What Apple Has to Fear from China

No company wants to report that its sales have declined. But when you’re Apple, which has consistently seen its revenues grow for more than twelve years, it’s not just bad news but a serious kink in a joyful narrative of boundless possibility. Earlier this week the company—the most valuable in the U.S.—told shareholders that revenues had declined by thirteen per cent.

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What Trade-Deal Critics Are Missing

The 12-nation Trans-Pacific Partnership trade deal signed Monday is poised to become an election-year piñata as the Obama administration works to get it through Congress. Hillary Clinton, who supported the TPP when she was secretary of state, came out against it on Wednesday: “I don’t believe it’s going to meet the high bar I have set.” Sen. Bernie Sanders, her rival for the Democratic presidential nomination, issued a caustic statement: “It is time for the rest of us to stop letting multinational corporations rig the system to pad their profits at our expense.”

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Apple: The Slaying of a Tech Hero

Apple's quarterly results this week drew a flood of reactions - almost all negative. Given how well the company did under almost any absolute measure, this is odd, though, for Wall Street, not necessarily surprising. But the arc of Apple's rise and temporary fall tells a more troubling story about our current inability to maintain positive momentum about any aspect of our culture. We slay our heroes with casual abandon. Then we wring our hands about the absence of positive catalysts in our world today.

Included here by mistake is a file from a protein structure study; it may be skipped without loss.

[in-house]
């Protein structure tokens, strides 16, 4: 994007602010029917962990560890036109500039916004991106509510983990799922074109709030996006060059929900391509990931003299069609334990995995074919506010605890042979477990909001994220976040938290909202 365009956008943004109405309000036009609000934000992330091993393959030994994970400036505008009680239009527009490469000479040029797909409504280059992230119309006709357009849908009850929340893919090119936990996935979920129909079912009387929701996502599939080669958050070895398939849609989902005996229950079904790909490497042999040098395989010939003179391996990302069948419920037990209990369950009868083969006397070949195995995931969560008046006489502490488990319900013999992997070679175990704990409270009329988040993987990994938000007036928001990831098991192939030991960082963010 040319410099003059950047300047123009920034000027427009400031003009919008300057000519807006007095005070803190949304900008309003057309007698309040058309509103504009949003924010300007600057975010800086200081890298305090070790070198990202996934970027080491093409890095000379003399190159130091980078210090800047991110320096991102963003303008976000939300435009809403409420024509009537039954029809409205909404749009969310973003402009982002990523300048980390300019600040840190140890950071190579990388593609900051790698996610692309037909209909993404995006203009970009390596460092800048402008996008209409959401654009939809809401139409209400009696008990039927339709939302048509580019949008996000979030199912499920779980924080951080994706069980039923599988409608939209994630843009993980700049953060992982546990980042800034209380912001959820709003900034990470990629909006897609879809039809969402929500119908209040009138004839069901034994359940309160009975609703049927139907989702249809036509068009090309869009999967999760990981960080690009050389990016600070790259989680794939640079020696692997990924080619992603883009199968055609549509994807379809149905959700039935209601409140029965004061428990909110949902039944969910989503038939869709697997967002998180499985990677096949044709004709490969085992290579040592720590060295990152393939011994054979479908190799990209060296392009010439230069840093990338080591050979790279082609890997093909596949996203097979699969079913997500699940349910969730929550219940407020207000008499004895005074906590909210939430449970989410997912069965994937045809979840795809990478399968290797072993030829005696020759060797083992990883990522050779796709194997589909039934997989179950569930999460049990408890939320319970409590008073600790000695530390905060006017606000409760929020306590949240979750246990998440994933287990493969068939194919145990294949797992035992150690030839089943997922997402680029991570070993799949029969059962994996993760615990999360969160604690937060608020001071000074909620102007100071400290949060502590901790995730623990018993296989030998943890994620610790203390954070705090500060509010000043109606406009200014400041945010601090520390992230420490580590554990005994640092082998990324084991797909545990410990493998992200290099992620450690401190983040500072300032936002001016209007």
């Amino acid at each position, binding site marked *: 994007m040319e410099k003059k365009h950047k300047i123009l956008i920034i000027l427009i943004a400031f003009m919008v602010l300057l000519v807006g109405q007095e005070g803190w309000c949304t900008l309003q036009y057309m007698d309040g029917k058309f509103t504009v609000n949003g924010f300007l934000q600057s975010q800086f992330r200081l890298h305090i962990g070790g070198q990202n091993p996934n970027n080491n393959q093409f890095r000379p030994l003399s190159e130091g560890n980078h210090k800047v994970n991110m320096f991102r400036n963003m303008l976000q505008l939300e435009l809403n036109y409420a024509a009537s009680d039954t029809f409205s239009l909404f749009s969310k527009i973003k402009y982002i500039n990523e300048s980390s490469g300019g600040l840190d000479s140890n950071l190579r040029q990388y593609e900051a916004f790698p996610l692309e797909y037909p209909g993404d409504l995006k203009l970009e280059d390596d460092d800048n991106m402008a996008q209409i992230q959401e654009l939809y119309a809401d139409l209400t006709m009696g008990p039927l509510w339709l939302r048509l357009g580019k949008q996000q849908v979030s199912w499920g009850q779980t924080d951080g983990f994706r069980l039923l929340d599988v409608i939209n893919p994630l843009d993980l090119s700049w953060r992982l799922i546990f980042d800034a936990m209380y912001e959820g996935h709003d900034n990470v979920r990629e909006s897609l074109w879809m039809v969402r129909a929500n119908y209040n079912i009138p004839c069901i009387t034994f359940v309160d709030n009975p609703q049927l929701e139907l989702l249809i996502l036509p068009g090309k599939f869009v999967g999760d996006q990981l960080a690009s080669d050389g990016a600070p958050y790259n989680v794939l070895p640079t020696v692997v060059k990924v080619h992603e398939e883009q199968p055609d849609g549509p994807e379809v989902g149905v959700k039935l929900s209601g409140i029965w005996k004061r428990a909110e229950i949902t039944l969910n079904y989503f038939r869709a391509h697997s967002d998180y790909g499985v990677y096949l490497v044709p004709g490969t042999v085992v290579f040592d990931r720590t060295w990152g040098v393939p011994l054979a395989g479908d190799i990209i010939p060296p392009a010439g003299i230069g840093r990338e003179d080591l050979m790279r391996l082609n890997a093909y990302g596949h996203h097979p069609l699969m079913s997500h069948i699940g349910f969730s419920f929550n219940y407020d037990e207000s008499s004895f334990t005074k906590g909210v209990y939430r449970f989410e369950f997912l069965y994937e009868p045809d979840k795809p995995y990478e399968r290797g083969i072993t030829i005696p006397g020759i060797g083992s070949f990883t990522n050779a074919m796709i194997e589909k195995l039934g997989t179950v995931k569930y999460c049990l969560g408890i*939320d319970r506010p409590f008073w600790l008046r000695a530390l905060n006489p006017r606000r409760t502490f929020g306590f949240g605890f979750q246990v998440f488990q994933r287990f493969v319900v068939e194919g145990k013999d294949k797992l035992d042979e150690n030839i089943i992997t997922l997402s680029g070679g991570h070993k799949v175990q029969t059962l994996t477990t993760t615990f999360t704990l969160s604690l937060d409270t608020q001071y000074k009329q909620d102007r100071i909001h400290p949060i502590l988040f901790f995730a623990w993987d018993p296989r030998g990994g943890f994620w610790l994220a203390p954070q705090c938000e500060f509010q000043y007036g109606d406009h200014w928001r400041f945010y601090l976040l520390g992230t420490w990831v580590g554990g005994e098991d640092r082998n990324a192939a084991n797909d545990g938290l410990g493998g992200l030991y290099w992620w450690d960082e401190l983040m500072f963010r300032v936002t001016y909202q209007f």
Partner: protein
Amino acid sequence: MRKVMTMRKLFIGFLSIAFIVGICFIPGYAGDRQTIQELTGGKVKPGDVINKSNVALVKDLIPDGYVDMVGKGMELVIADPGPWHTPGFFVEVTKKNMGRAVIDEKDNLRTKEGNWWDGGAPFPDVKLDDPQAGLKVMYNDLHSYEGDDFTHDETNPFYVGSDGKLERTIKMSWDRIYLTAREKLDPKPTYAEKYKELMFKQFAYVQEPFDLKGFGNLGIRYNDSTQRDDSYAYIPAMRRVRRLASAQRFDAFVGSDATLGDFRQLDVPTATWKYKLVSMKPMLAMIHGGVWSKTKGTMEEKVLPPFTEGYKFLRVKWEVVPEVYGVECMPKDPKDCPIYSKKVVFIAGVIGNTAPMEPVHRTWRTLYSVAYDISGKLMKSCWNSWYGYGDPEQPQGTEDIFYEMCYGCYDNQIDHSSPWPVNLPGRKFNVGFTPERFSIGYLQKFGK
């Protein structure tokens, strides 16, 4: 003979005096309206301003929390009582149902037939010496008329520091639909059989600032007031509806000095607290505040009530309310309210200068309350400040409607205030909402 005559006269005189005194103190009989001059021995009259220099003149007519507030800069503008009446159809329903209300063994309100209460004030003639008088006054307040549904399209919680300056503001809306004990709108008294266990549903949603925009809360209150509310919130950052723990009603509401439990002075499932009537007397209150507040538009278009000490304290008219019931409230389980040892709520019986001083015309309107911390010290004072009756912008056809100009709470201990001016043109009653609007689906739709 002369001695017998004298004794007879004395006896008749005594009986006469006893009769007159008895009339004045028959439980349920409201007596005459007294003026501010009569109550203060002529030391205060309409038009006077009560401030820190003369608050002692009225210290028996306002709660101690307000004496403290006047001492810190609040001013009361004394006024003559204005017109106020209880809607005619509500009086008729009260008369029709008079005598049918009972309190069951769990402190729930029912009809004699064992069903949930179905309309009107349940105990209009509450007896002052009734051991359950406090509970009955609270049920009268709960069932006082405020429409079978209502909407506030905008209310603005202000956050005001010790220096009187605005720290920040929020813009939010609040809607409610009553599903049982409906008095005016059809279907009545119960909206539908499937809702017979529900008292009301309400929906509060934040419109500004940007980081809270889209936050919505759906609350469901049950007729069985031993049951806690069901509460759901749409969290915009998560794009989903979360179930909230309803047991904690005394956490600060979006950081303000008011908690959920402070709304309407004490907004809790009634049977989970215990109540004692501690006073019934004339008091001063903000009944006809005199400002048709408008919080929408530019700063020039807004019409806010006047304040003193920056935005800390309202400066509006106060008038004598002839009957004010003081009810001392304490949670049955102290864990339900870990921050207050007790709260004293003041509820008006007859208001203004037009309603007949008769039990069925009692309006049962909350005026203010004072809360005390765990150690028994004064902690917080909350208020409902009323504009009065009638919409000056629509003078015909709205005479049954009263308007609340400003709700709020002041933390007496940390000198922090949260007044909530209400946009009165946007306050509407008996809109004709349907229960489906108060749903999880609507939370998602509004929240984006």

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Latest Record Results Show Apple a Bigger Global Power Than Most Nations

Yet again, Apple announced record sales and earnings. Yet again, its “Jobs report” stood in stark contrast to the monthly official jobs report. For the past four years, as the U.S. economy has stumbled, Apple has soared. As millions have lost jobs or stayed underemployed, Apple has sold more phones, iPads, and computers than most thought possible. While its success certainly has come at the expense of competitors such as Research in Motion (maker of the BlackBerry) and Nokia, it has generated tens of billions in revenue and sold tens of millions of devices by reaching new customers and not simply taking market share. And it has seen its most dramatic success during one of the worst economic slumps in the developed world.

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Huge Corporations Win Global Economic Spoils as 99 Percent Get Squeezed

The 1 percent versus the 99 percent—the haves and the have-nots; the government or the people; China versus the United States. Our conversations today are framed by these splits, yet as compelling as these are, they are each secondary to the yawning gulf that has emerged between large, multinational companies and everything else.

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Before Condemning Foxconn, Americans Should Examine Their Own Labor History

Apple has made waves this week, but not for its products or its stock price. Instead, it has once again been the center of damning revelations about labor practices in Chinese factories that make the iPad and the iPhone. But while Apple certainly deserves the criticism, this story is not as simple as it seems. It’s not just about Apple and working conditions; the other story is U.S. anxiety about China, double standards, and an American tendency to forget our own history and how we have evolved.

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Markets’ Mood Swings Show Volatility, Don’t Signal Financial Armageddon

Once more into the breach we go. After a strong week where markets regained some footing, Monday once again saw a sharp selloff of nearly 2 percent. These wildly volatile days have been the norm since mid-summer, and as any market maven will attest, such volatility usually means that there is more to come.

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